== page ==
Extant research has shown that workplace ostracism (WO) elicits counterproductive work behaviors, such as employee silence (ES), culminating in reduced job performance…

Abstract

Purpose

Extant research has shown that workplace ostracism (WO) elicits counterproductive work behaviors, such as employee silence (ES), culminating in reduced job performance. However, lesser is known about the factors that buffer against this underlying linkage. With an emphasis on conservation of resource (COR) theory and social identity theory, this study investigates the hitherto unexplored moderating roles of moral identification (MI) and organizational identification (OI) in the relationship between WO and ES.

Design/methodology/approach

The study employed a time-lagged design to collect multi-source data from 250 employees working in the service sector organizations in Pakistan. Data are analyzed in SMARTPLS (v 3.3.3) to assess the measurement model and the structural model.

Findings

Results reveal that WO is positively correlated with ES and negatively correlated with job performance. At the same time, ES mediates the negative relationship between WO and job performance. In addition, MI and OI buffer against the positive connection between WO and ES. The positive association between WO and ES is less pronounced at high levels of MI and OI and vice versa.

Practical implications

The findings indicate that there is potential value in developing MI and OI, for which several interventions are discussed.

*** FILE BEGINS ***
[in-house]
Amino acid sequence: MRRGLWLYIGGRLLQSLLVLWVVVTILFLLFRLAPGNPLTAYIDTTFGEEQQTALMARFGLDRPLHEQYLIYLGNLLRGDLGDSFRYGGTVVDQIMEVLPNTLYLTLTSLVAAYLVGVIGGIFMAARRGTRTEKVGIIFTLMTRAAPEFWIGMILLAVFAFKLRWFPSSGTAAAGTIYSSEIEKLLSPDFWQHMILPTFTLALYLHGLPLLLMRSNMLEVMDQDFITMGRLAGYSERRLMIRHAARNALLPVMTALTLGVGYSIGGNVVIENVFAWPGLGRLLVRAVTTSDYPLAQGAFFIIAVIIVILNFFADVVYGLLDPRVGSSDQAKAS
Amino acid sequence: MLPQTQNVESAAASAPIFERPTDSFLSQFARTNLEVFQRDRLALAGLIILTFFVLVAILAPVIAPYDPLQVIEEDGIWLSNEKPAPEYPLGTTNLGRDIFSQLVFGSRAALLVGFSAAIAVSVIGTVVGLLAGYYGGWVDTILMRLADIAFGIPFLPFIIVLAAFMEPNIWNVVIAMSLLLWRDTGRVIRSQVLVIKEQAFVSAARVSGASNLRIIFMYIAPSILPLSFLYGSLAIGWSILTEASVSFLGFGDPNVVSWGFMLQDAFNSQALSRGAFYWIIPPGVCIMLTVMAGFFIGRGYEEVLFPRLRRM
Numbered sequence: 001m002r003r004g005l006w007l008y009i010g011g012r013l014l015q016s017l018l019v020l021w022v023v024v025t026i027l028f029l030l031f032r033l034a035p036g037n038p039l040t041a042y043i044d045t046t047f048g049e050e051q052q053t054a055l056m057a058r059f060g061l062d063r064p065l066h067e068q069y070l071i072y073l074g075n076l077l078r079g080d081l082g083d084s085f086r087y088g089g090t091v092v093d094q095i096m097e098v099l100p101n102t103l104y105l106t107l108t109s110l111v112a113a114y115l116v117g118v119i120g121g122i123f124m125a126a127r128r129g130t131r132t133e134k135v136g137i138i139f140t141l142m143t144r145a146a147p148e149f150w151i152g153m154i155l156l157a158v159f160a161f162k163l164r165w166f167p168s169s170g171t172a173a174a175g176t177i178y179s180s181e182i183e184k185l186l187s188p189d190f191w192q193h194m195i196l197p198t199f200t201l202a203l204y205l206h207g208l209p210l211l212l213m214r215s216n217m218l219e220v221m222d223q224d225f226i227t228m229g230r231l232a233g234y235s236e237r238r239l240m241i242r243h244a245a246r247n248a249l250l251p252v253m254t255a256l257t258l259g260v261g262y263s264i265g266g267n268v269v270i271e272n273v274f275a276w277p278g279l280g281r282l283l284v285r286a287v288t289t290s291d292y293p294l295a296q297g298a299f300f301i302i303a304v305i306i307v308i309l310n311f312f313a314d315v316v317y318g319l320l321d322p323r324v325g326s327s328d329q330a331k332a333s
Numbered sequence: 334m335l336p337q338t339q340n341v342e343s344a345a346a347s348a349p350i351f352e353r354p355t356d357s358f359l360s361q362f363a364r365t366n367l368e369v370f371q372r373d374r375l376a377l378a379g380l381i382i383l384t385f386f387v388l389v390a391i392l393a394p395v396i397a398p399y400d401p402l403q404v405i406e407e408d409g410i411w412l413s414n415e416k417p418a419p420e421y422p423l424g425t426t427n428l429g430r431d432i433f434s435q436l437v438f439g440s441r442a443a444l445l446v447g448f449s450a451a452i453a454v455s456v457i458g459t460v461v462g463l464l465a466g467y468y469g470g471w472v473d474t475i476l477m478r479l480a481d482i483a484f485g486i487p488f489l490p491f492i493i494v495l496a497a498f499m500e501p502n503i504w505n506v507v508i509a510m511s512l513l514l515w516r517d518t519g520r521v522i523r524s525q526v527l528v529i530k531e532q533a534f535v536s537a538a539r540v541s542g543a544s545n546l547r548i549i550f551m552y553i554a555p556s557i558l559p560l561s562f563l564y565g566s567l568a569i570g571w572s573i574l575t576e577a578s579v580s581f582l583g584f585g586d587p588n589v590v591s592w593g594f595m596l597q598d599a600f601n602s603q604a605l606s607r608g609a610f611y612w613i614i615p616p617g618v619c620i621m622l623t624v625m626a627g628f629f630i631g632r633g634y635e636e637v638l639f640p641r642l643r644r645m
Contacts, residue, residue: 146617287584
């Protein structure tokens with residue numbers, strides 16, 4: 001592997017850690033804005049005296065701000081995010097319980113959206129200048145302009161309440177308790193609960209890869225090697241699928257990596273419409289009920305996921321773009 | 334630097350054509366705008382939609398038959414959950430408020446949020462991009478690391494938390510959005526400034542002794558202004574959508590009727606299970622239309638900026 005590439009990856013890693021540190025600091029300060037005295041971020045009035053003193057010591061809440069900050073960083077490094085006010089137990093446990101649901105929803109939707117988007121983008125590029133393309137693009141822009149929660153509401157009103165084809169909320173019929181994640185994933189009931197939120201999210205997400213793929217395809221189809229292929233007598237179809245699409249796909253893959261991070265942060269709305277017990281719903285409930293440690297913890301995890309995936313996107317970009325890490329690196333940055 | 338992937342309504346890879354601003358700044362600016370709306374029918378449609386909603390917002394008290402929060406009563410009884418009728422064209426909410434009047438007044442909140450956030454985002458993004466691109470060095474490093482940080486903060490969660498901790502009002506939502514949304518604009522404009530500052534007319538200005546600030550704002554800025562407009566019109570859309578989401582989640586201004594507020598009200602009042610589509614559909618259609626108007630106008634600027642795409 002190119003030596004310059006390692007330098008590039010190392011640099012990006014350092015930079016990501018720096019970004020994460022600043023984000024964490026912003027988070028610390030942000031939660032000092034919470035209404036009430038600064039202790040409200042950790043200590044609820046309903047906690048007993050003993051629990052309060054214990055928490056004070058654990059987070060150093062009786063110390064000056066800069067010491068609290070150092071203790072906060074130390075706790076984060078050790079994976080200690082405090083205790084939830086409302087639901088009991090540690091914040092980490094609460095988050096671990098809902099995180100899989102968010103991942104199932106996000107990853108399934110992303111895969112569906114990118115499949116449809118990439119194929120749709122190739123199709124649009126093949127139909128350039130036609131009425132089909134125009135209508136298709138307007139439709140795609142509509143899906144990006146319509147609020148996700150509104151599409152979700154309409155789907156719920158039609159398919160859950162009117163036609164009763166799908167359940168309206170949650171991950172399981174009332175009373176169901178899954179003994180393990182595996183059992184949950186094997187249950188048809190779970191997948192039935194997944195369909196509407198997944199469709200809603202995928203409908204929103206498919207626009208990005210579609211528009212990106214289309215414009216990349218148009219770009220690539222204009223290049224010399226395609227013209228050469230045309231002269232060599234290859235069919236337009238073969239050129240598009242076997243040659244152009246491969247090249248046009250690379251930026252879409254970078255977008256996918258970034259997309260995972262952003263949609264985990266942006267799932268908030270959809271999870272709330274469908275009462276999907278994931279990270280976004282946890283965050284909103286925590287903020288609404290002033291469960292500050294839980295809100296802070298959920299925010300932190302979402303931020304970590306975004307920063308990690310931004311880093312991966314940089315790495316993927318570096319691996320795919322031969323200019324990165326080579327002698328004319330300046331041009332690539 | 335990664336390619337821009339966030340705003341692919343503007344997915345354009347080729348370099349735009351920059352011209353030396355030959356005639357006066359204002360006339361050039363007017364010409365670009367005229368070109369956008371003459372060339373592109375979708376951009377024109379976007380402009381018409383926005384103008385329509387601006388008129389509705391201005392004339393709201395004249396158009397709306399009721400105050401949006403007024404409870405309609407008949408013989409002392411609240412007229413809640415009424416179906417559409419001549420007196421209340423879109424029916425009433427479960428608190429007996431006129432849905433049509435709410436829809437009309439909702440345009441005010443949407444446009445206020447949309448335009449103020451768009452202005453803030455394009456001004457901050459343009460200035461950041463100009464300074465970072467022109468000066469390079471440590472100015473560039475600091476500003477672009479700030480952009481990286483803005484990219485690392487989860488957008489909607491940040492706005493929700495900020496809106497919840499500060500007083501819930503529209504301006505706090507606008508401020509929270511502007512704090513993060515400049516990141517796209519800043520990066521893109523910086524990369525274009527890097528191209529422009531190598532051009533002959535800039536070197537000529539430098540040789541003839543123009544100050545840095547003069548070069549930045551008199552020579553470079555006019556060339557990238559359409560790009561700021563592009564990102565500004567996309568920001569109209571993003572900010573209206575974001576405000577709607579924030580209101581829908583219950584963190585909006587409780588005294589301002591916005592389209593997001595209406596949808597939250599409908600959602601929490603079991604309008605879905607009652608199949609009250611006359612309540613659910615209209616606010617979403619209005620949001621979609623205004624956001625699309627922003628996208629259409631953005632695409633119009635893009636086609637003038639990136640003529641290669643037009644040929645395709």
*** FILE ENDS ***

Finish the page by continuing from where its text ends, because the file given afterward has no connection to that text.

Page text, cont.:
Originality/value

This study is one of the few efforts to outstretch the boundary conditions of ES. Moreover, this is the first study to investigate the role of identity-based perspective in the relationship between WO and ES.

Details

Kybernetes, vol. ahead-of-print no. ahead-of-print
Type: Research Article
ISSN: 0368-492X

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Article
Publication date: 20 November 2020

Brendan James Dunlop and Mark Andrew McFetridge

There is evidence that attachment style and clinical outcomes are related within Therapeutic Communities (TCs). This paper aims to examine any possible relationships…

Abstract

Purpose

There is evidence that attachment style and clinical outcomes are related within Therapeutic Communities (TCs). This paper aims to examine any possible relationships between self-reported adult attachment style, therapy programme engagement and measures of psychological distress and dissociation on admission and discharge within a residential TC.

Design/methodology/approach

Ex-clients of the TC were contacted by post and invited to take part in this service evaluation. Additional data were sourced from a database of routinely collected outcome measures. Of 281 ex-clients, the final sample in this study was N = 32.

Findings

When attachment style is conceptualised dimensionally, participants identified most strongly with a fearful attachment style, and least with a preoccupied or secure style. A range of attachment styles were reported. A significant association was apparent between self-reported secure attachment and reduced levels of psychological distress upon discharge from the TC. The potential for changes in client attachment patterns following TC membership is discussed.

Research limitations/implications

The small sample size and correlational nature of this study means that results should be interpreted cautiously. Nevertheless, results are of clinical relevance for inpatient or residential therapy programmes (including TCs). Such programmes should routinely assess client attachment style to ensure appropriate interventions and adaptions are implemented.

Originality/value

To the best of the authors’ knowledge, to date, this is the first known study to report on the relationship between self-reported adult attachment style and psychological outcomes specifically for women with self-defeating behaviours within a TC.

Details

Therapeutic Communities: The International Journal of Therapeutic Communities, vol. 42 no. 1
Type: Research Article
ISSN: 0964-1866

Keywords

Book part
Publication date: 2 June 2015

Kristin L. Scott and Michelle K. Duffy